Glencore, a key supplier of cobalt to General Motors for its upcoming electric vehicles, last week admitted to bribery and market manipulation and said it will pay about $1.5 billion to settle US, UK and Brazilian probes that have hung over the commodities giant for years.
The settlements will help remove a question mark that has long overshadowed the trader’s business. But the charges and admissions of guilt paint a damning, globe-spanning picture of how far the company, founded by the late U.S. fugitive Marc Rich, has been willing to go in pursuit of profit.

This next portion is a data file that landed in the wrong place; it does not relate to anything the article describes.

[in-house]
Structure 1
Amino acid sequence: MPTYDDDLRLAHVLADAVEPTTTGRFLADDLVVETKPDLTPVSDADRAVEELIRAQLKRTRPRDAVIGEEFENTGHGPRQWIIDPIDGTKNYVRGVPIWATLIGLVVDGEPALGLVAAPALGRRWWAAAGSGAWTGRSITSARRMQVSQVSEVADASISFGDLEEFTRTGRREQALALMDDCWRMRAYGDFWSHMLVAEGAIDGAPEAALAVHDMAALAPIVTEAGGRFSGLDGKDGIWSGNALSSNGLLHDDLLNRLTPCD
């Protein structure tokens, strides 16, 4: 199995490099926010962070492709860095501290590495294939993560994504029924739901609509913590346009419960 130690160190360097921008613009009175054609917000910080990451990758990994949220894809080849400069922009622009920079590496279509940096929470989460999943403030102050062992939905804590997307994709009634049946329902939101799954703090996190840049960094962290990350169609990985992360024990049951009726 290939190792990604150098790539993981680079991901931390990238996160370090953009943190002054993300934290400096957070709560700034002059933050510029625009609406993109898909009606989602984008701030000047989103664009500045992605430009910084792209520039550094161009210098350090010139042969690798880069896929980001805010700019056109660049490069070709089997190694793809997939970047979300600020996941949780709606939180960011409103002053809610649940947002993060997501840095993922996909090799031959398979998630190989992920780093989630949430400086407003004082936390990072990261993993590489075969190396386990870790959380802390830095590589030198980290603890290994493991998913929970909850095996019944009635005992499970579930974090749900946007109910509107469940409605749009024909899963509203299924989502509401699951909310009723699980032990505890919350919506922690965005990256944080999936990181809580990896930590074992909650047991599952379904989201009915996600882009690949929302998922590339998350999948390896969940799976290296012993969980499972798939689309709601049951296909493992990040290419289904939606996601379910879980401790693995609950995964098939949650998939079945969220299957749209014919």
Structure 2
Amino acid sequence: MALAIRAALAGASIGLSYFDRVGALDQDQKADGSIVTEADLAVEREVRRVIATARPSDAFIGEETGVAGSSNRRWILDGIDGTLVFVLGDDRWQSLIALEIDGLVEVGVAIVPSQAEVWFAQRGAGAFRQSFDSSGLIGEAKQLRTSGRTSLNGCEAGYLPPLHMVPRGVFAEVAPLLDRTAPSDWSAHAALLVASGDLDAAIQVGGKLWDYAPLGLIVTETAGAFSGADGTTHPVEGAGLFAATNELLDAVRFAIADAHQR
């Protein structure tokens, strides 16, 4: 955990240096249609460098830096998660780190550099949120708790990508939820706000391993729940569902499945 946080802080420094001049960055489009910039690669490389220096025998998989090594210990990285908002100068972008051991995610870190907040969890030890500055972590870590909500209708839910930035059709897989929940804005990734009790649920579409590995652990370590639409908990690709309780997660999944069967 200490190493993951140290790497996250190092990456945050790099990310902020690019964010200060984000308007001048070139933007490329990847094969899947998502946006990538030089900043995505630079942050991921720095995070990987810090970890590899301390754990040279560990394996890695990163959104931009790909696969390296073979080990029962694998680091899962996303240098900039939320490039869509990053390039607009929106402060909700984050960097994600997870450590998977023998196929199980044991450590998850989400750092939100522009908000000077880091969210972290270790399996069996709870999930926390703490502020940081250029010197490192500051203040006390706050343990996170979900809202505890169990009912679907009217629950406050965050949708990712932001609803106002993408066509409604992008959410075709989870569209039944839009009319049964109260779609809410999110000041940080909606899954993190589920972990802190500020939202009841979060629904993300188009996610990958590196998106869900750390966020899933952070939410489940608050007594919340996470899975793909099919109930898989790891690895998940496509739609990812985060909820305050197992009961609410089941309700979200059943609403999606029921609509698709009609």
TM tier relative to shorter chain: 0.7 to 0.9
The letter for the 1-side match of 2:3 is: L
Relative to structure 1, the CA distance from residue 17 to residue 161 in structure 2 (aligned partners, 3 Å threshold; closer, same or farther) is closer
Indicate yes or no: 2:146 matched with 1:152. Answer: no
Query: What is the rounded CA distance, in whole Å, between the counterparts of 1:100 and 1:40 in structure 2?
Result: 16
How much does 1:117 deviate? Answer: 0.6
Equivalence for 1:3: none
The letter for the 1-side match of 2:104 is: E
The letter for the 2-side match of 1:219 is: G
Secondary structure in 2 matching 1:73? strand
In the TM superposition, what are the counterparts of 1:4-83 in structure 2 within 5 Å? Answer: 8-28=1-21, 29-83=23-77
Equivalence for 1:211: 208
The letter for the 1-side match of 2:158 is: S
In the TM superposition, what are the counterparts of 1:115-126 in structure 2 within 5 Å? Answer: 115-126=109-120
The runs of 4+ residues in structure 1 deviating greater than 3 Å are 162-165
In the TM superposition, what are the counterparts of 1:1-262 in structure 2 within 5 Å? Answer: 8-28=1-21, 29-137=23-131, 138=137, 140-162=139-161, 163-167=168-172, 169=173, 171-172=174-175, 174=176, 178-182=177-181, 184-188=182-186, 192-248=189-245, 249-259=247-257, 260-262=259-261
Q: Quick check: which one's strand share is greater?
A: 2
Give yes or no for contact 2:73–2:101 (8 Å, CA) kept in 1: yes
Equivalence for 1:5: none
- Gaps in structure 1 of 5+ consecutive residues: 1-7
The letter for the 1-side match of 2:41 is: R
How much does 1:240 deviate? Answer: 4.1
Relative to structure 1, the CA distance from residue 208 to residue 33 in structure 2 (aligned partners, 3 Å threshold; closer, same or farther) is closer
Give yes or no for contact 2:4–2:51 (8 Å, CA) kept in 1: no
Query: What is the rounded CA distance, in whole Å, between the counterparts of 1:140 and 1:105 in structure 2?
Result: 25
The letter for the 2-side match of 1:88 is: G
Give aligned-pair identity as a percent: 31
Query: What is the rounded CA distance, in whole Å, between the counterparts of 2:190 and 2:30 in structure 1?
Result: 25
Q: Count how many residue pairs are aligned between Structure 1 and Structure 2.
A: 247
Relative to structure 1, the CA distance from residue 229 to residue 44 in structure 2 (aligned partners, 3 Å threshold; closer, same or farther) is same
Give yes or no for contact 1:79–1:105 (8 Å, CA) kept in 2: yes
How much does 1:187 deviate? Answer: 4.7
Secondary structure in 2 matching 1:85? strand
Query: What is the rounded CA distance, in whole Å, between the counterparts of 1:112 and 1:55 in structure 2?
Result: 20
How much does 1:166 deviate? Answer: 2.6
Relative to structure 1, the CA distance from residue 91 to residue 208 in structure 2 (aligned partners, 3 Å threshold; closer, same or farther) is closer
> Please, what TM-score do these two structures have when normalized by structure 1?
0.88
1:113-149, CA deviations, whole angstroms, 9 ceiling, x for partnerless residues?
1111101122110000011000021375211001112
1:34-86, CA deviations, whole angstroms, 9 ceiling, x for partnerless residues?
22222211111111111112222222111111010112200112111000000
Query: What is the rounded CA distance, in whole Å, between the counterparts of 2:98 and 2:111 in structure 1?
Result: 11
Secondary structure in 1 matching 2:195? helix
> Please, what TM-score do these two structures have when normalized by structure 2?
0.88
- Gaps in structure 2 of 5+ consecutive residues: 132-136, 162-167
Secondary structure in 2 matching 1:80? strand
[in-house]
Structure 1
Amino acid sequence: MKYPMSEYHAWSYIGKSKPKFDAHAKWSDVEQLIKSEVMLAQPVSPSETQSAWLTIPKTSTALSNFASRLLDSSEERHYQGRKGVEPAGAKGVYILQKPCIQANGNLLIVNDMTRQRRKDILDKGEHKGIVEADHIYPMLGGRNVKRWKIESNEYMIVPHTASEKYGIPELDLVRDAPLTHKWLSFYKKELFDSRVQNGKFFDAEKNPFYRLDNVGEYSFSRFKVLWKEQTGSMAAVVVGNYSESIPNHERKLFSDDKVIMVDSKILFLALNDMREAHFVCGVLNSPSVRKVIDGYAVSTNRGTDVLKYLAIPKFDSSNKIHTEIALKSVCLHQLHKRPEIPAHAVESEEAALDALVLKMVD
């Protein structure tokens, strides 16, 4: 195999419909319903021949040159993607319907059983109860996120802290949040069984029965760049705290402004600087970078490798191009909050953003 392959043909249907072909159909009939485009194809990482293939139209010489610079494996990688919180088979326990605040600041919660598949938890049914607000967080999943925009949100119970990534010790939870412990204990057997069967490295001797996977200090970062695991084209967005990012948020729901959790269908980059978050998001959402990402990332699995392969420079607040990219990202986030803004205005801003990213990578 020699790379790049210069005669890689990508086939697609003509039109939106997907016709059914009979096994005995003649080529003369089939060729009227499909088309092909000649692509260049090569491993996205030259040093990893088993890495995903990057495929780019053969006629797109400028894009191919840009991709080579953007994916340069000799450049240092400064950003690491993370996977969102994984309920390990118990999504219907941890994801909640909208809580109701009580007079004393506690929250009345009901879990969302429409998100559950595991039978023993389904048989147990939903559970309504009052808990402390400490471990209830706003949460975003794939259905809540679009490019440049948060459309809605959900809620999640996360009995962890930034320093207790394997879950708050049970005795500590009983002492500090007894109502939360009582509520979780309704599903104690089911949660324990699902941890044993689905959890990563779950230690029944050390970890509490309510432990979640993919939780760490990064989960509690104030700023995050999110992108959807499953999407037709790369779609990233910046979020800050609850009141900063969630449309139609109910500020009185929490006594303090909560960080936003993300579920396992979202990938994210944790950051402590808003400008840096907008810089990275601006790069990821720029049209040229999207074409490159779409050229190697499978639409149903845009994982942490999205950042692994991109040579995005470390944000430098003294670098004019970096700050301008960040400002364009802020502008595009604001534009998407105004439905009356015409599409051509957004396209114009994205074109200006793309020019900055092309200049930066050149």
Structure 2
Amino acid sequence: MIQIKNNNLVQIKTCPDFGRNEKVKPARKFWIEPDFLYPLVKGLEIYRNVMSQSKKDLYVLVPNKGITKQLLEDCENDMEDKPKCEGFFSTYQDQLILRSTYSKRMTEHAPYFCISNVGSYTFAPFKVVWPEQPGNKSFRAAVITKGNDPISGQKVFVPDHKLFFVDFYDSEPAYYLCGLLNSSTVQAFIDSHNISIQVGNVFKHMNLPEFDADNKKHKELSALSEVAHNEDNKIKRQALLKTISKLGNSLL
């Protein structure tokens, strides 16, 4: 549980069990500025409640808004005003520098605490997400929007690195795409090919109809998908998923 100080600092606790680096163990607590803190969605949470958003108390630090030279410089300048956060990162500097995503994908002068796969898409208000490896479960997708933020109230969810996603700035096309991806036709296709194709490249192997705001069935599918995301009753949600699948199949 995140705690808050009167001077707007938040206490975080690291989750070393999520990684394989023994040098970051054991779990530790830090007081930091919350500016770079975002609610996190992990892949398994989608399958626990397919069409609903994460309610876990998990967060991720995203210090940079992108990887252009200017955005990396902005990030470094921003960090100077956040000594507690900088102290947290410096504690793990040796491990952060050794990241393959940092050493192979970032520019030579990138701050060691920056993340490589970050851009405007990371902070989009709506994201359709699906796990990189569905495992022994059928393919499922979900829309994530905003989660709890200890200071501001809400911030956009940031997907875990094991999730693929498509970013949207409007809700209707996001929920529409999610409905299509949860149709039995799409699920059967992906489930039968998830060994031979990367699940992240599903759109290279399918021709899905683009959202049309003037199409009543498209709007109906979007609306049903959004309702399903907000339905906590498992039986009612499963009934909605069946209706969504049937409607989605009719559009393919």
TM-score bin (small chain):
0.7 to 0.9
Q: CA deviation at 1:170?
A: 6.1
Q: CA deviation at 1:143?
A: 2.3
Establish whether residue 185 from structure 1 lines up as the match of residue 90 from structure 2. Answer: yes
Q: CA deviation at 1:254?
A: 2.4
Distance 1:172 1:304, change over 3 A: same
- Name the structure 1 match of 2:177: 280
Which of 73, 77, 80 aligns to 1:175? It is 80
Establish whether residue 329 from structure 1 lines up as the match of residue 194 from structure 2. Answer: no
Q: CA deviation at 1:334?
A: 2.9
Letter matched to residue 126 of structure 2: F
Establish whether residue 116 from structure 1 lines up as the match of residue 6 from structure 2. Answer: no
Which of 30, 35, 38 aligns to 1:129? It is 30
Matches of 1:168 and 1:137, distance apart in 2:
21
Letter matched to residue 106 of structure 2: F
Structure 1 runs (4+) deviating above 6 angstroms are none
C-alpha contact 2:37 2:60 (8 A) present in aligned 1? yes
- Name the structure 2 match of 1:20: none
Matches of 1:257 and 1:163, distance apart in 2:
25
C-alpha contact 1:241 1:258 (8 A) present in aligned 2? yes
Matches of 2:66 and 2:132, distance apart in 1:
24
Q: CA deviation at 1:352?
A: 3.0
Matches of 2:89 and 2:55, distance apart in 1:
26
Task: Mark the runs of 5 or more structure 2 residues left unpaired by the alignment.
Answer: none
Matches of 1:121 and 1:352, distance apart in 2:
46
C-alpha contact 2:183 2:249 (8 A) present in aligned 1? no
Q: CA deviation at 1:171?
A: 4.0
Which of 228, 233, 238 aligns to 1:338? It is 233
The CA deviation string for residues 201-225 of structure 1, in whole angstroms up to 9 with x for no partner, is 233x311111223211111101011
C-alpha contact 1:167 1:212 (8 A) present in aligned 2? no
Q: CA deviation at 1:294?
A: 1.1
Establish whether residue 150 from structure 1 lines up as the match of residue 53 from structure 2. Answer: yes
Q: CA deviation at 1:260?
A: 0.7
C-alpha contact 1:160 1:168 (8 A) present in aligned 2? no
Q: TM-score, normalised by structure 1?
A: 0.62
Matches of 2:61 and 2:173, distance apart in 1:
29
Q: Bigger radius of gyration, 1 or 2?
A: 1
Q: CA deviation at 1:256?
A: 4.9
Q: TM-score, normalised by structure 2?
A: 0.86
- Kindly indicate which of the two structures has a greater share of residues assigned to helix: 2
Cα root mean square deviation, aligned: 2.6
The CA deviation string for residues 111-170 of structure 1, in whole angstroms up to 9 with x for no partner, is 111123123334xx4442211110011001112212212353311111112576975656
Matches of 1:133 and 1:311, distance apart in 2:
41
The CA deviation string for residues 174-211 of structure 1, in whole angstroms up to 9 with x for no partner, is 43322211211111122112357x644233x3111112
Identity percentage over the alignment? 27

Glencore units agreed to plead guilty to a list of charges that range from bribery and corruption in South America and Africa, to price manipulation in US fuel-oil markets.
“Bribery was built in to the corporate culture,” Manhattan U.S. Attorney Damian Williams said at a press conference. “The tone from the top was clear: whatever it takes.” Glencore paid more than $100 million in bribes to government officials in Brazil, Nigeria, the Democratic Republic of the Congo and Venezuela, he said.